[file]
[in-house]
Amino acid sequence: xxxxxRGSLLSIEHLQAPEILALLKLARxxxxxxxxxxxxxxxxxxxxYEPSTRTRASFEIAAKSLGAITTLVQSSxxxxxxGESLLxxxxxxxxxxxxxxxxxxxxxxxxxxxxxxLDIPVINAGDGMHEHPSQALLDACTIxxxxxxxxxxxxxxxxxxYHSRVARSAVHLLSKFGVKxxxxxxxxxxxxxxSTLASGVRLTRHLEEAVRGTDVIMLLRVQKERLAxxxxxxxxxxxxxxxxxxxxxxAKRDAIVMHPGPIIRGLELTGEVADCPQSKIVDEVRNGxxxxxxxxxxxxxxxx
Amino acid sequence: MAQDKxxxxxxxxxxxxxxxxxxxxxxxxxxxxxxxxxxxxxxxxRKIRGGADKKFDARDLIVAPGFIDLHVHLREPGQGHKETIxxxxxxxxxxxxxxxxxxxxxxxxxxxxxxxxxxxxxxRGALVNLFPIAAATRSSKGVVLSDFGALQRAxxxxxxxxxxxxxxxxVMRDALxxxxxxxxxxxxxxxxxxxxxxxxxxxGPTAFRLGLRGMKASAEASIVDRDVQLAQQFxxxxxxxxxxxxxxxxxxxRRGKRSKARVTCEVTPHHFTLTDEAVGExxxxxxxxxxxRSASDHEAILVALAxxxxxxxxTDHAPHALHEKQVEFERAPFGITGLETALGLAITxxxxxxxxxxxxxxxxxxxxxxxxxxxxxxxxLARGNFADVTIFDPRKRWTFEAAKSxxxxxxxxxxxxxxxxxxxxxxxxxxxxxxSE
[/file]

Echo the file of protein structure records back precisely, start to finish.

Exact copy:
[in-house]
Amino acid sequence: xxxxxRGSLLSIEHLQAPEILALLKLARxxxxxxxxxxxxxxxxxxxxYEPSTRTRASFEIAAKSLGAITTLVQSSxxxxxxGESLLxxxxxxxxxxxxxxxxxxxxxxxxxxxxxxLDIPVINAGDGMHEHPSQALLDACTIxxxxxxxxxxxxxxxxxxYHSRVARSAVHLLSKFGVKxxxxxxxxxxxxxxSTLASGVRLTRHLEEAVRGTDVIMLLRVQKERLAxxxxxxxxxxxxxxxxxxxxxxAKRDAIVMHPGPIIRGLELTGEVADCPQSKIVDEVRNGxxxxxxxxxxxxxxxx
Amino acid sequence: MAQDKxxxxxxxxxxxxxxxxxxxxxxxxxxxxxxxxxxxxxxxxRKIRGGADKKFDARDLIVAPGFIDLHVHLREPGQGHKETIxxxxxxxxxxxxxxxxxxxxxxxxxxxxxxxxxxxxxxRGALVNLFPIAAATRSSKGVVLSDFGALQRAxxxxxxxxxxxxxxxxVMRDALxxxxxxxxxxxxxxxxxxxxxxxxxxxGPTAFRLGLRGMKASAEASIVDRDVQLAQQFxxxxxxxxxxxxxxxxxxxRRGKRSKARVTCEVTPHHFTLTDEAVGExxxxxxxxxxxRSASDHEAILVALAxxxxxxxxTDHAPHALHEKQVEFERAPFGITGLETALGLAITxxxxxxxxxxxxxxxxxxxxxxxxxxxxxxxxLARGNFADVTIFDPRKRWTFEAAKSxxxxxxxxxxxxxxxxxxxxxxxxxxxxxxSE